Why Healthcare IT Projects “Go Bad”
After noting some Australian hits on this web site, I tracked the hits to an entry on the Australian Health Information Technology blog by "Aus HIT Man", a.k.a. Dr. David More MB, PhD, FACHI. Dr. More referenced my site and has an excellent summary of the reasons why healthcare IT projects "go bad." It is clear this is an international phenomenon unrelated to the type of healthcare system (e.g., socialized vs. private sector model), and that the root causes are similar.
The reasons cited by Dr. More from his blog are as follows (emphases on the key phrases are mine):
1. Many believe a key point is that managerial and organisational instability is a major cause of failure. I agree this is really important and, indeed, when one reflects on the Public Health Sector it is really a relative rarity to have an Area Health Service CEO or CIO serve out their full five year contract. This flux is due, in part at least, to a combination of Government and Ministerial changes, changing policy priorities, some being perhaps promoted beyond their capabilities and the unexpected events that precipitate management change. Conducting any significant project in the absence of continuing stable senior management support is a recipe of disaster.
2. Especially in the public sector, there is often a disconnect between the managerial responsibility placed on a project manager and the freedom to act they are accorded. At times this leads to the “wrong” staff being retained in roles for which they are no longer suited, to the detriment of the project as a whole. The disconnect (and budget inflexibility) also often leads to difficulty in attracting and retaining suitably skilled staff as well as excessive delay in staff acquisition. The other problem that is almost universally encountered in Hospital projects in my experience is the “drip feed” of funds and the difficulties in getting suppliers paid. More than once I have seen competent project managers just resign in disgust when they realise they have neither the spending authority, money or the staff to deliver the project they are required to make happen.
3. Because executive health-care management are often uncomfortable regarding many aspects of Health IT, frequently associated with a fairly limited understanding of what is required, at an executive level, for project success, the quality of project sponsorship and support is less than is needed. Senior executives, like everyone else, prefer to stay within their “comfort zone” and, if the Health IT project is not within that zone, real difficulties are almost inevitable. The project manager has a difficult responsibility to carry the project sponsor along on the journey, and to make it clear what they must do for the project to be a success on their watch!
4. Clinicians inevitably see a new system as a very low priority in their “caring for their patients” activities. This will lead to all sorts of difficulties with change management, training and effective use of a new system, unless both executive management are fully committed and real “clinician” evangelists and enthusiasts are recruited to work with their peers.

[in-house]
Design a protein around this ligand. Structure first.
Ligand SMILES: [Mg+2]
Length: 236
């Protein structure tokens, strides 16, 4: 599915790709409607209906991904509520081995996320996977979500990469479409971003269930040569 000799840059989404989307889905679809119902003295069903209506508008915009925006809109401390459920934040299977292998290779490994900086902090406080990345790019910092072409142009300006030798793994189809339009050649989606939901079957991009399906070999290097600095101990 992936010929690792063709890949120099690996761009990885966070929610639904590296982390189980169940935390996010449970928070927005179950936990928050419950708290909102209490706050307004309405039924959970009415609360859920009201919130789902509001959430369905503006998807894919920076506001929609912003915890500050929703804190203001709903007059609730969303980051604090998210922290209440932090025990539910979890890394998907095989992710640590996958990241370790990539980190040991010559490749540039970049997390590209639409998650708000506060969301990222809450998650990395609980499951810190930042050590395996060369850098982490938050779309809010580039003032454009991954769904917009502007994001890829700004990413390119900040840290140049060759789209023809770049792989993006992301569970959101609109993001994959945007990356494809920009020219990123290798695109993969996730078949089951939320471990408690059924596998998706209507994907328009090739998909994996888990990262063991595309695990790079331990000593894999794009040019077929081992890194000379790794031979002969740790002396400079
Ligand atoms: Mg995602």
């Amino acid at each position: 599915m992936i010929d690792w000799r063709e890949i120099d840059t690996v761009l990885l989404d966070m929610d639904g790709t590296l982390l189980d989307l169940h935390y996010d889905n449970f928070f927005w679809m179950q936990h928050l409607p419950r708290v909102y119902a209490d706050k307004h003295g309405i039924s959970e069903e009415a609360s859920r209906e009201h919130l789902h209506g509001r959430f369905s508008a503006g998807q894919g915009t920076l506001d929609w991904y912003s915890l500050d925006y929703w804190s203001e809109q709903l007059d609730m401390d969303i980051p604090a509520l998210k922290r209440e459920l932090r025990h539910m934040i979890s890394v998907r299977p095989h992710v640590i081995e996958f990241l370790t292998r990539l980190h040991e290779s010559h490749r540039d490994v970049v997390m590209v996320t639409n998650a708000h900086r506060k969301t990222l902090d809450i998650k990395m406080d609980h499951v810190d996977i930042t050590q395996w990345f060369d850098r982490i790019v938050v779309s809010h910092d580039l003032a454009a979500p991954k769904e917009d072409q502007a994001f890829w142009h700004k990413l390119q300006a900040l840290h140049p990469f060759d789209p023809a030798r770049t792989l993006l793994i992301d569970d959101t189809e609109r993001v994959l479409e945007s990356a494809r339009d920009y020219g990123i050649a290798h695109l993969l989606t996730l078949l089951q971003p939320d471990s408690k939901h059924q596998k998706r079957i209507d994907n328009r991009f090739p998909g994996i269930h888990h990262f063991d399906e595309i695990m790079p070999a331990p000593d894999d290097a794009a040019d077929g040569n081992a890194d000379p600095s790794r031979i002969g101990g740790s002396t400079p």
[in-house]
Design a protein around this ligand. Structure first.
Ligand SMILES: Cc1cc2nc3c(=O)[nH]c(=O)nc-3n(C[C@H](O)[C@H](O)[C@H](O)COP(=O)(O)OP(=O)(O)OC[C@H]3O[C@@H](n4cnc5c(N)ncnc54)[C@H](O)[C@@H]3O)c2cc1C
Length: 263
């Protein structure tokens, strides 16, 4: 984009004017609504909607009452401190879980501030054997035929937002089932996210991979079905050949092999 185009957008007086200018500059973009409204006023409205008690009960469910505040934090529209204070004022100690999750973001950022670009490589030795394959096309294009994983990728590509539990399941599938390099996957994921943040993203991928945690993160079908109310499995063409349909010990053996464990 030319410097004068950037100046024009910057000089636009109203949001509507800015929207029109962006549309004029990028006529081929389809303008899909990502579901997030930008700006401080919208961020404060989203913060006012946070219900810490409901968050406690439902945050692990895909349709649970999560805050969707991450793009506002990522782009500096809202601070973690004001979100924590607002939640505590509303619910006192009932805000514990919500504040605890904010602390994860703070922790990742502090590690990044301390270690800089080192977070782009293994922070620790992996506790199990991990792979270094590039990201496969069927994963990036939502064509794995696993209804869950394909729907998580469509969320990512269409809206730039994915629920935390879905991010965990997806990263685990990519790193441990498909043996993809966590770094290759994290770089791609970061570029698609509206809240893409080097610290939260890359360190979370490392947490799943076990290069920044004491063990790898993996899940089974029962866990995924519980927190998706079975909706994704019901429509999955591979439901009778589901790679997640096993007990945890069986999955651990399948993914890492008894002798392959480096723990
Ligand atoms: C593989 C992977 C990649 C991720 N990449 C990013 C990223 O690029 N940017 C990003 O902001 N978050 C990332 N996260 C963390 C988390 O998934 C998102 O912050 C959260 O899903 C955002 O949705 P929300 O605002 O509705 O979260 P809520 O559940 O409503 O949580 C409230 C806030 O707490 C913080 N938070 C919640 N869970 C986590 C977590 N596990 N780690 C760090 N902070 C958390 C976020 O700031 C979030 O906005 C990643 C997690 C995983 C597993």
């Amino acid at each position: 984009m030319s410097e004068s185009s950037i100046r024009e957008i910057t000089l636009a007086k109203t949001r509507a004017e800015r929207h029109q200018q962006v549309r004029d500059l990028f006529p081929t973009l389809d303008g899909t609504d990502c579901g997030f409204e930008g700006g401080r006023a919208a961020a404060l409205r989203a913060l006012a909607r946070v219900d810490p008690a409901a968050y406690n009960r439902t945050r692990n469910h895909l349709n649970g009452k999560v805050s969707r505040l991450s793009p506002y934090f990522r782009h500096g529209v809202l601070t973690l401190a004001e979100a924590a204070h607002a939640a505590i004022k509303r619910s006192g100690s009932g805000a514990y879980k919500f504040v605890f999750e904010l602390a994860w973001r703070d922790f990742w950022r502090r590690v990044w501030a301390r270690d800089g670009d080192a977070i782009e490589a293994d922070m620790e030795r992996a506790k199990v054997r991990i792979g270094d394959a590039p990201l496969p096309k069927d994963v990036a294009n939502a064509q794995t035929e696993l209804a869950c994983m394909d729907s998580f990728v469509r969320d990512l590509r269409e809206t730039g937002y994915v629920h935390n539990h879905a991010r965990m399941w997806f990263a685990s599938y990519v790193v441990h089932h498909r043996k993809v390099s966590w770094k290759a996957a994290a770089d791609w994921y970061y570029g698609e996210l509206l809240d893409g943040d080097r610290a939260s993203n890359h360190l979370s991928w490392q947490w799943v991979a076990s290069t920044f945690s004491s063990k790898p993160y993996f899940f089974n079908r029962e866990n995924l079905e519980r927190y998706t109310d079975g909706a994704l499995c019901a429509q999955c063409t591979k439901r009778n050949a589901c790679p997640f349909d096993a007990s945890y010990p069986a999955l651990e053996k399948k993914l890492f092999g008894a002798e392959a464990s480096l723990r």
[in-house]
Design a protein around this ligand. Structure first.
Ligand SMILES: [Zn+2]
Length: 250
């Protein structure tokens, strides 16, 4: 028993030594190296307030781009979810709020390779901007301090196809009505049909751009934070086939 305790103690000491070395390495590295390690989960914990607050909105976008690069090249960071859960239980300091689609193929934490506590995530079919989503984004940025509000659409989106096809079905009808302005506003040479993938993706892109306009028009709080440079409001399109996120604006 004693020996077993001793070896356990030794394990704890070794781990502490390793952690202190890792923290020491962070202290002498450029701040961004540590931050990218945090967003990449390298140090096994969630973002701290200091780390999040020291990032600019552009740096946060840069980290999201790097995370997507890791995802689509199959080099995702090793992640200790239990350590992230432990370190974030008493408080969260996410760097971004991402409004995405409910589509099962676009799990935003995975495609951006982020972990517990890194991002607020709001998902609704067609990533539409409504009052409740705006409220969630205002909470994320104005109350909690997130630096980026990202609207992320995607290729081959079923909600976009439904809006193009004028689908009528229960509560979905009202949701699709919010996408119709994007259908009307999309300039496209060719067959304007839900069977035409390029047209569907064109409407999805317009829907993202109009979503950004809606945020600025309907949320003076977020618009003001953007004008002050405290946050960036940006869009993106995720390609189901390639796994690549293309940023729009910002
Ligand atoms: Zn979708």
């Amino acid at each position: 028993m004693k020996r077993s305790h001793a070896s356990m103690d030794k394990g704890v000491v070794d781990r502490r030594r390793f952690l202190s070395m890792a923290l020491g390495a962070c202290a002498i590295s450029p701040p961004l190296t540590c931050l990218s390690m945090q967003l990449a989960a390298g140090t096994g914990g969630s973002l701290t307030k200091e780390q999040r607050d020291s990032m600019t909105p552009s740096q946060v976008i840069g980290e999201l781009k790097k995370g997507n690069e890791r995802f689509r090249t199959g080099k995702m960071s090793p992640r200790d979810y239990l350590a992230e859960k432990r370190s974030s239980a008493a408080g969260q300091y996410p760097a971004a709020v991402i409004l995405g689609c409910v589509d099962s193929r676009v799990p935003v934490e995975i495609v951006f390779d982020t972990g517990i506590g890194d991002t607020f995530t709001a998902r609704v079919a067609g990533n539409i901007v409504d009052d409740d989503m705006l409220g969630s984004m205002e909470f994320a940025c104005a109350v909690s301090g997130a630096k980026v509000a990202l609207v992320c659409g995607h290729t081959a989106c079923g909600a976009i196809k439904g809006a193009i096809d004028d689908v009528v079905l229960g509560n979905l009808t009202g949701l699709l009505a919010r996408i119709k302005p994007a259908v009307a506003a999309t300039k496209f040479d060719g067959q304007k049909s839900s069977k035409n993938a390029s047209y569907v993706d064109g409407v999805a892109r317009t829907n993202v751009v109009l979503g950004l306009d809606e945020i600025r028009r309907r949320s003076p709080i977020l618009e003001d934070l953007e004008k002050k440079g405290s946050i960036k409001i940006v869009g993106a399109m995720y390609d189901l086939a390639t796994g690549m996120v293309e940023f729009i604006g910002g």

5. Involvement of all relevant categories of clinicians in the selection and later configuration of systems is crucial. The clinicians really have to be confident the system will work for them and be convinced of its value and utility or the project will be at extreme risk before it even starts.
6. There is a real tendency to underestimate the complexity of and the effort required to implement say a new laboratory or patient management system – to say nothing of clinician facing systems such as Computerised Physician Order Entry or Computerised Nursing Documentation which involve virtually all key staff changing the way they work. Careful planning and an really adequate emphasis on education and change management are vital as is developing real clinician ownership of the project.
7. It is clear that all organisations need to develop organisational competence and teamwork with Health IT. I think the best way to do this is to choose one or two easily “doable” projects and get them done on time and within budget. Only once this capability is proven should an organisation try the larger and more complex implementations. Success, as they say, builds on success.
8. It is clear that when implementing systems in hospitals size really does matter. It is a relatively straightforward process to put basic systems in a 100 bed regional hospital in 3-6 months with very little difficulty. The 1000 bed tertiary teaching referral hospital is a horse of a totally different colour. The budget is likely to be in the millions, the complexity of what is needed much higher and the work practices more entrenched. All this means both risk and duration are much higher. Additionally these organisations cannot be fed a ‘one size fits all’ solution. The systems that are deployed must not only be flexible but be flexibly implemented in consultation with ALL involved.
9. It is vital to work hard to develop an open and frank relationship between the system vendor and the organisation which is implementing the new system. No contract will prevent a disaster but work on ensuring a constructive, frank and balanced relationship will make a huge difference.
I feel this is well said. Healthcare organizations should take heed of these observations.